You are cordially invited by the Office of the United Nations (UN) High Commissioner for Human Rights (OHCHR), in collaboration with the Geneva Academy of International Humanitarian Law and Human Rights, the Centre for Human Rights (University of Pretoria) and the Permanent Mission of Switzerland to the UN in Geneva to the launch of the United Nations Human Rights Guidance on Less Lethal Weapons in Law Enforcement.
A group of experts – academics, representatives of UN agencies and other international organizations, UN special procedures mandate-holders, members of UN treaty bodies, law enforcement officials, experts in police oversight, and representatives of NGOs, civil society and manufacturers – helped to draft the Guidance, in collaboration with the OHCHR. Expert meetings were held in Cambridge, Geneva, and Pretoria.
The Guidance is designed to build upon existing standards such as the UN Basic Principles on the Use of Force and Firearms by Law Enforcement Officials.
A light lunch will be served at the foyer of Palais Wilson from 12:30
Bus No.1 and No. 25, stops: Gautier or Châteaubriant
Tram 15, stop: Butini
Palais Wilson is accessible to persons with disabilities.
In this interview, Hannah-Milena Elias, currently enrolled in our MAS in Transitional Justice, Human Rights and the Rule of Law, tells about the programme and life in Geneva.
This monthly newsletter will keep our audience informed about the activities of the platform, upcoming events and key human rights discussions in Geneva and beyond.
This online event will discuss experiences and outcomes of actions taken to promote the ratification of the International Convention for the Protection of all Persons from Enforced Disappearances.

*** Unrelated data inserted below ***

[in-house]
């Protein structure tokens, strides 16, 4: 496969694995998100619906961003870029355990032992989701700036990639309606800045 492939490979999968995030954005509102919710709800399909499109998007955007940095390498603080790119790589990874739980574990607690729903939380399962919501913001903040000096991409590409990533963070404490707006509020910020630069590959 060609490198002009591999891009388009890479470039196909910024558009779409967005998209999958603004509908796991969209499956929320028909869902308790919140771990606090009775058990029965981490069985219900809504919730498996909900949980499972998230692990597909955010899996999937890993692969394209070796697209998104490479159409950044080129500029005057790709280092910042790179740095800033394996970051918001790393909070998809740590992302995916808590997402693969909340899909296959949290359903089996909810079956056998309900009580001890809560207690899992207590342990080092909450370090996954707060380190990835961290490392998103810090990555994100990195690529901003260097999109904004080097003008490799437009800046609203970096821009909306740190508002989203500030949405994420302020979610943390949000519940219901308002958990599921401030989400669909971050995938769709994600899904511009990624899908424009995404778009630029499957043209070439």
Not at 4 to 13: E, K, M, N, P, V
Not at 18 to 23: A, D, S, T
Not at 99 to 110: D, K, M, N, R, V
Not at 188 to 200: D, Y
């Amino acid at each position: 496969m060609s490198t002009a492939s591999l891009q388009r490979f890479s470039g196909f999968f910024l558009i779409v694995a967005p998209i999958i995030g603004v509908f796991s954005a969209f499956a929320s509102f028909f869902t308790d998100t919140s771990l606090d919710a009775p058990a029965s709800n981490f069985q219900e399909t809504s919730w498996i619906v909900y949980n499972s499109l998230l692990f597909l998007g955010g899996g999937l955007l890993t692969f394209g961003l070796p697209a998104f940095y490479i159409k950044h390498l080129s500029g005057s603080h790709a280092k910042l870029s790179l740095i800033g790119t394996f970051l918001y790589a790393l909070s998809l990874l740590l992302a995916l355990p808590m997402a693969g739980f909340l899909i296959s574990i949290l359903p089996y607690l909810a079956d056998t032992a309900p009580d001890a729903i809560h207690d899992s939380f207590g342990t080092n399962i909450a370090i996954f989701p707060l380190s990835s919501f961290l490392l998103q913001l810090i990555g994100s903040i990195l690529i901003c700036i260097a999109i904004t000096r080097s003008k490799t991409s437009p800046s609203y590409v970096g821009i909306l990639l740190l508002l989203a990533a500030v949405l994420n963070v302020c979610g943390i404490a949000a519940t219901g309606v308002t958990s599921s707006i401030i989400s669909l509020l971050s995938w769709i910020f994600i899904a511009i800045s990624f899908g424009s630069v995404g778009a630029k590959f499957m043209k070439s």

This online short course examines the existing international legal framework and jurisprudence on the phenomenon of enforced disappearance. While the main focus is international human rights law, references are made, where pertinent, to international humanitarian law and international criminal law.
This short course, which can be followed in Geneva or online, analyses the main international and regional norms governing the international protection of refugees. It notably examines the sources of international refugee law, including the 1951 Geneva Convention Relating to the Status of Refugees, and their interaction with human rights law and international humanitarian law.
We are a partner of the Human Rights, Big Data and Technology Project, housed at the University of Essex’s Human Rights Centre, which aims to map and analyse the human rights challenges and opportunities presented by the use of big data and associated technologies. It notably examines whether fundamental human rights concepts and approaches need to be updated and adapted to meet the new realities of the digital age.
This research project examined the impact of innovation and the development of new information technologies on human rights.